Thursday, 11 April 2013

Fashion bookworm

I have three weaknesses when it comes to spending money - Clothes, magazines and books. More precisely, clothes I don't truly need but seriously want, fashion magazines that stack up to quite a hefty monthly cost, and beautiful looking fashion books. In total the three lead me towards the same destination by the end of each month: being utterly broke! 

Perhaps the most expensive habit of all is my unpenetrable addiction to heading over to Amazon and typing "fashion books" into the search bar. I just can't resist the allure of a shiny cover, beautifully written chapters and the opportunity to sit and stare in awe at amazing fashion photography. It's too much. Considering the fact that I'm constantly walking you through my wardrobe and favourite pieces within it, I thought perhaps it was time to show you around my book shelf and some of my favourite fashion based books. 

The Fashion Book by Richard Martin 

This is one of my Amazon finds as well as one of my first fashion book purchases.  For anyone that wants to be in the industry, this book is honestly one of the best for knowledge about the people within fashion that I've seen. Each page looks at an influential designer, photographer or model from the past 150 years with a paragraph about them and a photograph that summarizes their work. It includes both well known and less famous names along with information about how they made an impact in fashion. 

The visual dictionary of fashion design by Gavin Ambrose and Paul Harris

As opposed to the previous, this book is more focused on textiles and the technical side of creating clothes. It's arranged in alphabetical order and puts a definition to fashion terms from placket to petticoat. It was quite pricey at around £20 new, but again I think it's an essential book to have gracing your desk if you're hoping to work in fashion one day. 

20th century fashion by Ernestine Carter 

This book was an absolute bargain at just £3! I got it last week in a second hand book shop and think it's really wonderful. It focuses on fashion from 1900 to the 1970s (when it was published) and is amazing for anyone who's interested in fashion through time. The whole book is full of beautifully photographed black and white images peppered with paragraphs about individual eras in fashion. It gives a great idea about how clothes became to be those we know today.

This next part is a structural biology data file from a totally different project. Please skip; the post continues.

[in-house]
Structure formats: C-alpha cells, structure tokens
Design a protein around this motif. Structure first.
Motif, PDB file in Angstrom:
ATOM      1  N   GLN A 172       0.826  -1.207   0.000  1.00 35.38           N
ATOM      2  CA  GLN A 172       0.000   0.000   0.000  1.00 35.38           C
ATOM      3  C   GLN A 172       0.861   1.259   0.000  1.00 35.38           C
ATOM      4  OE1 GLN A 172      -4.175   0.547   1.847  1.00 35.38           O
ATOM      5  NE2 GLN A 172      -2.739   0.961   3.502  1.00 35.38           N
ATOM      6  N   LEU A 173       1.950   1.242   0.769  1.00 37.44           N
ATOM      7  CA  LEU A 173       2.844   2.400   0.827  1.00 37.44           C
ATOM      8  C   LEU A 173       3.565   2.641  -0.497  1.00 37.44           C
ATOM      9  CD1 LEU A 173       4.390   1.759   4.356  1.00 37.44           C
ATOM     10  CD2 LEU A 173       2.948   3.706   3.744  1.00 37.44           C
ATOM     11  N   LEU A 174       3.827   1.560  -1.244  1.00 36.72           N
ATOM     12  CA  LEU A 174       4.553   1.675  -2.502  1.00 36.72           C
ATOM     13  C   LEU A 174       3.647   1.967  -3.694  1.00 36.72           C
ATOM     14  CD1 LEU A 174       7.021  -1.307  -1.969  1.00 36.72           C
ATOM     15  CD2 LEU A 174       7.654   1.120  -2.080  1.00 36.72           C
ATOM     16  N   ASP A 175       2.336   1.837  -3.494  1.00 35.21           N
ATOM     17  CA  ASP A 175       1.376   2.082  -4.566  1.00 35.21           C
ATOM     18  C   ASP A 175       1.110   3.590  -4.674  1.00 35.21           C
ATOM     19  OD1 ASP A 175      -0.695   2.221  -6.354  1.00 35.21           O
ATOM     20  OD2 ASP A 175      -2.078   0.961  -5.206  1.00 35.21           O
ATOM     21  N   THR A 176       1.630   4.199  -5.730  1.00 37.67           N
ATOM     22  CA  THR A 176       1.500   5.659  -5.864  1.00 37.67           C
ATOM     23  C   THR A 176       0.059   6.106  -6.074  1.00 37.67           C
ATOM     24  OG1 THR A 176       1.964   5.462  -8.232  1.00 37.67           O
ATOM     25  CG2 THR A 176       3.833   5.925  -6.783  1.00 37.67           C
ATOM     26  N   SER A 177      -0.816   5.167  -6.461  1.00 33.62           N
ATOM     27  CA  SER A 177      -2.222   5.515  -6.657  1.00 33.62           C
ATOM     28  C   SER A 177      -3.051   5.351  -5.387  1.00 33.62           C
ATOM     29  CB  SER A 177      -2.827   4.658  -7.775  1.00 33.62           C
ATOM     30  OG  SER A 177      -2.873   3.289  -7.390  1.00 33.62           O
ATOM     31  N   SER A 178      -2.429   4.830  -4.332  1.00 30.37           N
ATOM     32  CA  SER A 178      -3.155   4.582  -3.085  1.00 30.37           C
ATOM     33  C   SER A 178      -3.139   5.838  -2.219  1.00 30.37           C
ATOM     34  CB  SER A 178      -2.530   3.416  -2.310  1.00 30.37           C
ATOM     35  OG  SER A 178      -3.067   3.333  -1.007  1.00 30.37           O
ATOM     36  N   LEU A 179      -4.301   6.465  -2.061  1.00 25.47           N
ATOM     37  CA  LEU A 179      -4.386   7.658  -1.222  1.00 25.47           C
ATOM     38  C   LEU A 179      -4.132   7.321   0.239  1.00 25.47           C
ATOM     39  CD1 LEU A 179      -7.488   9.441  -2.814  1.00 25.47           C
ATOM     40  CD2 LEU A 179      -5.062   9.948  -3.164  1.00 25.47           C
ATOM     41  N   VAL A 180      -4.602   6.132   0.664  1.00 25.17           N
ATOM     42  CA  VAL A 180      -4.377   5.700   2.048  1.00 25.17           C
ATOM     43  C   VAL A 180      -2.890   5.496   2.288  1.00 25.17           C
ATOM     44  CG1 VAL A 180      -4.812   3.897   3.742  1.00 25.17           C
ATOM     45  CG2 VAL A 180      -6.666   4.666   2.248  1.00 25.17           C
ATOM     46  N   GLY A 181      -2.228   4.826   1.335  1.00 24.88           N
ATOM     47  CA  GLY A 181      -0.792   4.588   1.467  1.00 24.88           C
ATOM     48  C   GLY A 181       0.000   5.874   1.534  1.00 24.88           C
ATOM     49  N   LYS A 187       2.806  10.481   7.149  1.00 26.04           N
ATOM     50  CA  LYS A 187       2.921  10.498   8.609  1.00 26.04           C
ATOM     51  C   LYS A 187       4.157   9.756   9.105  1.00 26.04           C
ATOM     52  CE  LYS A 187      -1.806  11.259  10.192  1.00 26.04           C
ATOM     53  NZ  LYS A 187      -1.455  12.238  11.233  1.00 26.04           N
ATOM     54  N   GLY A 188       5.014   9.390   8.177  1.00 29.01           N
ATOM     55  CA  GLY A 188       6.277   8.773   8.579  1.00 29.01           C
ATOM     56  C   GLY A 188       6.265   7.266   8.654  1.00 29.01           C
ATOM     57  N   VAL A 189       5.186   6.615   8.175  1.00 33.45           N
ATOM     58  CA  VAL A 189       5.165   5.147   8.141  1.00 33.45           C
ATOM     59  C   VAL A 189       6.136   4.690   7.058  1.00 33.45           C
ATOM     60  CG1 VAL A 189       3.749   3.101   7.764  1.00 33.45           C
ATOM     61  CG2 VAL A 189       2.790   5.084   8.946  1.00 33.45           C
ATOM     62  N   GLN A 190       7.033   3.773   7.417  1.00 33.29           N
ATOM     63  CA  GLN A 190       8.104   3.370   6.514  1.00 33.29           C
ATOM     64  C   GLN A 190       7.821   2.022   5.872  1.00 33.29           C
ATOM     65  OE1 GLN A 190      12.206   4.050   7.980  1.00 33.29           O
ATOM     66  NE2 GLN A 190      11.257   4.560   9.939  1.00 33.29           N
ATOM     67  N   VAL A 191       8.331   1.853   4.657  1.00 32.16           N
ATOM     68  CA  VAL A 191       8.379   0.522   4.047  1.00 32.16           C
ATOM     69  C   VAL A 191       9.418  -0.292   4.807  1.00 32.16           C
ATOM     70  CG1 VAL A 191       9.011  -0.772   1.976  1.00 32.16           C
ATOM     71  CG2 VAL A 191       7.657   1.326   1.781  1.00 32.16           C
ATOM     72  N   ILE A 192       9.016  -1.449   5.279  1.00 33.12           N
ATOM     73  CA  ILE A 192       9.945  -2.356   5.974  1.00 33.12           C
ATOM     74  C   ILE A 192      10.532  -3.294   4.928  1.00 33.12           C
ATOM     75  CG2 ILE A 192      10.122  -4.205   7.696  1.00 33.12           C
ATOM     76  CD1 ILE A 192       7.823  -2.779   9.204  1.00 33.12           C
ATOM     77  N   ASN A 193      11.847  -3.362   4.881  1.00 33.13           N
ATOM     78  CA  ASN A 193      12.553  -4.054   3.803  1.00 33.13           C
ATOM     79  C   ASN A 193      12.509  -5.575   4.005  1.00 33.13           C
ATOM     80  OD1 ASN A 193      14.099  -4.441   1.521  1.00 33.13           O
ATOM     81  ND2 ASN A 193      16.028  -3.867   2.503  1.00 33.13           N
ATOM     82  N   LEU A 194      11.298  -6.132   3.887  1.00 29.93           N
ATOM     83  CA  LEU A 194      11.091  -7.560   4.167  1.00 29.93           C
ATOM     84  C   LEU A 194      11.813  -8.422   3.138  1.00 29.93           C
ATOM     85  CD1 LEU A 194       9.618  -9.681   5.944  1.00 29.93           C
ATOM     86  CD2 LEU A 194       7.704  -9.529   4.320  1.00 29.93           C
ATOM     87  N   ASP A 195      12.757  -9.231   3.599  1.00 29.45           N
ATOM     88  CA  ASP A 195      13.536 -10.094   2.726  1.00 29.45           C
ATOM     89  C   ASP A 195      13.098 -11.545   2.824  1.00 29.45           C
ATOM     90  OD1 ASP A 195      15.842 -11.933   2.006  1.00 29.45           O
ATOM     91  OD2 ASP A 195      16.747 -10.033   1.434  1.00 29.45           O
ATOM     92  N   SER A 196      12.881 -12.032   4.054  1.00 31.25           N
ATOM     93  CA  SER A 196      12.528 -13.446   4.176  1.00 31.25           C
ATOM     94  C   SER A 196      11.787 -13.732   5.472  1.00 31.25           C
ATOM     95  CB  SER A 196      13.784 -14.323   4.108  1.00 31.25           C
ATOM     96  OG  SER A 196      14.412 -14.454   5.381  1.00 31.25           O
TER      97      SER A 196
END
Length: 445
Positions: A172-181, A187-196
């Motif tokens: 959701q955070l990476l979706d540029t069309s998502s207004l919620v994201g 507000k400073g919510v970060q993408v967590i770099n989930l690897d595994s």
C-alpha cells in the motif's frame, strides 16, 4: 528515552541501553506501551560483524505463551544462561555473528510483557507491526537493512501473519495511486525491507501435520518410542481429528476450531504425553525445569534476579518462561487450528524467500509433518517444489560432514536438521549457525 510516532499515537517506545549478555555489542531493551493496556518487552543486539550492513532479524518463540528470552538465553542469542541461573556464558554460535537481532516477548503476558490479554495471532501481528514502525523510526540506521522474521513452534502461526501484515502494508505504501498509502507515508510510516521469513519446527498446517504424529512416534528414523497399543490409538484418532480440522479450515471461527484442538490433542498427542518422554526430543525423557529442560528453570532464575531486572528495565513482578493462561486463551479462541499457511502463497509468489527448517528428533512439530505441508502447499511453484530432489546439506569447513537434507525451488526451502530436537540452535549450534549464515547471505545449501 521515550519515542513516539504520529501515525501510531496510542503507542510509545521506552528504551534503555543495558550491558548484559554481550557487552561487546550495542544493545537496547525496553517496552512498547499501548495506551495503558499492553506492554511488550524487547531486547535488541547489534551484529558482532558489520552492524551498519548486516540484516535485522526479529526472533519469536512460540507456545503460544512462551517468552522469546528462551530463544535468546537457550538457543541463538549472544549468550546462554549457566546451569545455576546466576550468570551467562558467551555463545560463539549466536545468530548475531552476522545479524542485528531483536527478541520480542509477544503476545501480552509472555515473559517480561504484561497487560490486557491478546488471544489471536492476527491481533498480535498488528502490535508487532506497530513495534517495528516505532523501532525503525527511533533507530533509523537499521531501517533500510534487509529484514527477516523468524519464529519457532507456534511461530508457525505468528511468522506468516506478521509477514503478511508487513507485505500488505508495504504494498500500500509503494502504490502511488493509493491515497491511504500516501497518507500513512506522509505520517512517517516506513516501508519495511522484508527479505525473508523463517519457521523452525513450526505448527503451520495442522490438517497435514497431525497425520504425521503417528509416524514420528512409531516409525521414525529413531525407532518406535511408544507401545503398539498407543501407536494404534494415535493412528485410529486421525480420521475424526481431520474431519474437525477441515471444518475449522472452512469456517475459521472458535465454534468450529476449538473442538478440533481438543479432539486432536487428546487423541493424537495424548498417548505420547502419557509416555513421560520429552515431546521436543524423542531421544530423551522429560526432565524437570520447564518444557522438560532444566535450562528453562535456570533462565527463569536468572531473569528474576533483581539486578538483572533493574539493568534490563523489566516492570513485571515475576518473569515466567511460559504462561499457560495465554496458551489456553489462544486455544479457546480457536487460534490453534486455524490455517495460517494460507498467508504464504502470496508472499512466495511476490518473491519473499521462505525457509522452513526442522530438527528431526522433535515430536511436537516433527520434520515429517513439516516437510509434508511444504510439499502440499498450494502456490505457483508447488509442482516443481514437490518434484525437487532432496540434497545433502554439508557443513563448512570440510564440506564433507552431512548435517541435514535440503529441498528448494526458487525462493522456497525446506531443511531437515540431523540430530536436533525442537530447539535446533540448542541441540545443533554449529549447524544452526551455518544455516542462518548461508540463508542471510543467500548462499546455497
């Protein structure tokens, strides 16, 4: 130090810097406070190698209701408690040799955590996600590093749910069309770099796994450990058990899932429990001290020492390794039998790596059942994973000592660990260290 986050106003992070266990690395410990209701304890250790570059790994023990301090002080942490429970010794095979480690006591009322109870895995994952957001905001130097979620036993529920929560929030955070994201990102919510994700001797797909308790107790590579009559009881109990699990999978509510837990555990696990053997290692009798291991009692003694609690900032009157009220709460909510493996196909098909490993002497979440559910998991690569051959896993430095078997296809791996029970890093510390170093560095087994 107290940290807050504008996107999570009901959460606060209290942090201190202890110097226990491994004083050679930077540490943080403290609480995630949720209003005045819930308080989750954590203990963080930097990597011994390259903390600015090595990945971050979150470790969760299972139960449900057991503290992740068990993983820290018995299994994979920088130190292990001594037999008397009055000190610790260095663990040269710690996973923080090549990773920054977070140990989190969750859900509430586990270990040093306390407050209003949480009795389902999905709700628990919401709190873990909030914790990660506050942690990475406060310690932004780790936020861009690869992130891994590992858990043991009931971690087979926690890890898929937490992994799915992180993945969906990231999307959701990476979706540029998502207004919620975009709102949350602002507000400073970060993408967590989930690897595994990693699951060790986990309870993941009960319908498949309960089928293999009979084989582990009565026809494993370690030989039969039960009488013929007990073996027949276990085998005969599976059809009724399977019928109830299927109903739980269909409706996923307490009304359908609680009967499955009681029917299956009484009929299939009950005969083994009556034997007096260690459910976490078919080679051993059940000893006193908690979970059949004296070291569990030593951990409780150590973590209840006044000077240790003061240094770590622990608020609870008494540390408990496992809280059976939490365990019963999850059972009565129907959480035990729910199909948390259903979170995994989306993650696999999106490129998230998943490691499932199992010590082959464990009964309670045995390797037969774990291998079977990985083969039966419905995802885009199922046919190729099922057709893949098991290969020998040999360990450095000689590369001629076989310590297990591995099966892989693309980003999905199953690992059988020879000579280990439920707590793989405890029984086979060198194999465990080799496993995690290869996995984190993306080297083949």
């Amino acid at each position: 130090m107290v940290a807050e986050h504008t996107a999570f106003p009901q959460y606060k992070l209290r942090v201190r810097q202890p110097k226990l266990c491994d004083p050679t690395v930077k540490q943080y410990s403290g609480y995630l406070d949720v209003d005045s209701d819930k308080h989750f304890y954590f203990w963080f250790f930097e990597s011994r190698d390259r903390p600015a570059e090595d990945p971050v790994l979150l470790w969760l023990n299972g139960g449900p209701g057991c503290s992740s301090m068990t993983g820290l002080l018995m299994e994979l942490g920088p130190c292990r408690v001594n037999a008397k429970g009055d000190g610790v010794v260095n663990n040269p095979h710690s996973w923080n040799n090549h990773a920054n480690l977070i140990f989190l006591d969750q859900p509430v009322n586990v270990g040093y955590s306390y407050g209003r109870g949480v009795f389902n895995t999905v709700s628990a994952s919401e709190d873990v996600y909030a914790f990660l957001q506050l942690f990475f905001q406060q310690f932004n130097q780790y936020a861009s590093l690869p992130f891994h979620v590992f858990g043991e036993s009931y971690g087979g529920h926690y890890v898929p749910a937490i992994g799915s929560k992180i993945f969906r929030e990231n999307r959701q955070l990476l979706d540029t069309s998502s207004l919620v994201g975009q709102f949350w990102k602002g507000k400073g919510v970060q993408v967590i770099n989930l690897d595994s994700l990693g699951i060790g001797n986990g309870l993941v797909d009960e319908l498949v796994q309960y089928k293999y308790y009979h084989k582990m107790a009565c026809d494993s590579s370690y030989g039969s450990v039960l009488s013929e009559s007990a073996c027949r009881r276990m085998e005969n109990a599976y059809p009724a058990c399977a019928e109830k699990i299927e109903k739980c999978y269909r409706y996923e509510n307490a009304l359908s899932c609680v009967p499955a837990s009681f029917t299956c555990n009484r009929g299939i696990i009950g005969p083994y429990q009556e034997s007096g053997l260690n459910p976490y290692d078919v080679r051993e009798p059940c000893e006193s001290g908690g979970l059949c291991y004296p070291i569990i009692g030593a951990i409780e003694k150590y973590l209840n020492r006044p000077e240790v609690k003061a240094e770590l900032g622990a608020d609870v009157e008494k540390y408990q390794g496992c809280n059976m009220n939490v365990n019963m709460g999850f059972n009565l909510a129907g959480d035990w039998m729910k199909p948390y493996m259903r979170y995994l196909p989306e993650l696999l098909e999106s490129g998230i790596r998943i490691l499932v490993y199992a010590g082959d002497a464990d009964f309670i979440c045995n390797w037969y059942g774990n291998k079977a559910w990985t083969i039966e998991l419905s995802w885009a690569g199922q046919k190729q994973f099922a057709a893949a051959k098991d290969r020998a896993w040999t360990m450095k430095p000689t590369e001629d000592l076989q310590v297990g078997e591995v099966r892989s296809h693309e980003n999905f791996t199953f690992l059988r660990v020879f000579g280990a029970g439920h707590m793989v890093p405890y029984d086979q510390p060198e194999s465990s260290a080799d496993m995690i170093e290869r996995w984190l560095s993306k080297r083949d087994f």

World of Fashion by Eleanor Lambert 

Another surprisingly cheap find at the same wonderful second hand book shop as the previous book; again it was only £3. "World of Fashion" is not a book for the feint hearted and is instead focused at those with a true dedication to exploring everything about fashion. The whole thing is pure text with no pictures but gives an unbelievable amount of information about the clothes worn throughout different continents. Each section of the book is dedicated to a particular part of the word with in depth looks at their culture and how it effects what the people wear. It's also written by Eleanor Lambert, someone clearly well qualified to produce such a book. 

50 years of everyday fashion 

This book is a lot less heavy to read and I think that anybody remotely interested in fashion would enjoy it. Instead of looking at couture and high fashion, it's based on the clothes that normal people would wear on a daily basis throughout the past 50 years. It's informative without being overwhelming and it almost feels like reading a magazine due to the pictures placed on every page. I was given this book, but it's available at a really small cost on Amazon at the moment and I would honestly suggest buying it for a detailed and well illustrated look at retro fashion.